The Justice Department secretly blessed President Donald Trump’s decision to stonewall the Democratic-led House over impeachment last year, the president’s legal team disclosed Monday.
The legal brief submitted to the Senate as part of Trump’s defense includes an opinion from the Department of Justice’s Office of Legal Counsel concluding that Trump was justified in categorically rejecting the House’s demands for information before lawmakers passed a formal impeachment resolution on Oct. 31.
“We conclude that the House must expressly authorize a committee to conduct an impeachment investigation and to use compulsory process in that investigation before the committee may compel the production of documents or testimony in support of the House’s sole power of impeachment,” Assistant Attorney General Steven Engel wrote in the detailed legal rationale.
The opinion was officially dated Sunday and released by the Justice Department on its website Monday, timing that appeared to dovetail with a Senate-set noon, holiday deadline for Trump’s first substantive brief in the impeachment trial.
Trump’s lawyers argue that one reason he is not guilty of obstructing congressional inquiries — the thrust of one of the articles of impeachment he faces — is because his instructions to his appointees to defy lawmakers’ subpoenas followed legal advice from DOJ.
“Contrary to the mistaken charge that the President lacked ‘lawful cause or excuse’ to resist House Democrats’ subpoenas, the President acted only after securing advice from the Department of Justice’s Office of Legal Counsel (OLC) and based on established legal principles or immunities,” White House counsel Pat Cipollone, outside lawyer Jay Sekulow and other attorneys wrote.
The Justice Department’s position paper acknowledges that the White House approached OLC for advice soon after Speaker Nancy Pelosi publicly confirmed a Ukraine-related impeachment inquiry on Sept. 23 and House committees began subpoenaing witnesses and documents in late September and October.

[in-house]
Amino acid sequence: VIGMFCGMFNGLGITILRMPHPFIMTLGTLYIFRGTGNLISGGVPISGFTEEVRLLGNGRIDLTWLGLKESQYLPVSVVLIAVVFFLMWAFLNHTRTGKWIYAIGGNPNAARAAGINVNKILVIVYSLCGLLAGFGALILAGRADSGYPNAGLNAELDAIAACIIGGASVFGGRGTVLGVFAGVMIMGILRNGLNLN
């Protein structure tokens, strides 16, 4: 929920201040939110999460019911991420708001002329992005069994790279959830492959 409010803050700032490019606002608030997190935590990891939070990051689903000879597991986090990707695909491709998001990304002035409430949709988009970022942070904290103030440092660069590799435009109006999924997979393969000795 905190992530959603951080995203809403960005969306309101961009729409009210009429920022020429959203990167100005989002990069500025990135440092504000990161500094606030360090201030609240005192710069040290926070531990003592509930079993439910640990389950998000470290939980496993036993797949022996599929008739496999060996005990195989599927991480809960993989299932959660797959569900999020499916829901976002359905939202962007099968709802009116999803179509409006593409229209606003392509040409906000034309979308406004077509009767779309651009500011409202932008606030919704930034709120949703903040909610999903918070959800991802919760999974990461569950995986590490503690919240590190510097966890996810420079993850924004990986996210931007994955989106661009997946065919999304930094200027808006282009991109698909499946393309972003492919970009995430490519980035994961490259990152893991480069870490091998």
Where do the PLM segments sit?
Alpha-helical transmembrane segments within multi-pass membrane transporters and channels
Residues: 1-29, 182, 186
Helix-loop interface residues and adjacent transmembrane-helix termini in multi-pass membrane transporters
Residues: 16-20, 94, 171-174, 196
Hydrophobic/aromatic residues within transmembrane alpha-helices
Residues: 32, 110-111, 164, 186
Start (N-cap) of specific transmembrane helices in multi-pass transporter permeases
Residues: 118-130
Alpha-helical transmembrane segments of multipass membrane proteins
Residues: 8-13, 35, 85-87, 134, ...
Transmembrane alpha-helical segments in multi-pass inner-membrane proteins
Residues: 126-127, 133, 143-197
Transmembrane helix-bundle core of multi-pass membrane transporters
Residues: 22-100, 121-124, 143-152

The newly disclosed opinion is vague about precisely when OLC was first approached to give its advice on the topic, when the response was rendered or what form that early advice took.
However, the new disclosures about the consultations with Justice could prompt some to reassess the confrontational letter Cipollone sent to the House on Oct. 8. That eight-page missive was roundly denounced by many legal experts, who said it sounded more like a political diatribe from the president than a reasoned legal argument against the House’s impeachment efforts.
“It’s hard to count the number of ways that this letter is, constitutionally and legally, garbage,” conservative attorney and Trump critic George Conway wrote on Twitter at the time. “This letter, in and of itself, is an impeachable offense.”
“The letter’s constitutional and ‘legal’ arguments are baseless,” former Obama White House counsel Bob Bauer wrote. “It misrepresents the constitutional law and precedent that it is pleading on the president’s behalf. On the merits, it is an exceptionally weak performance.”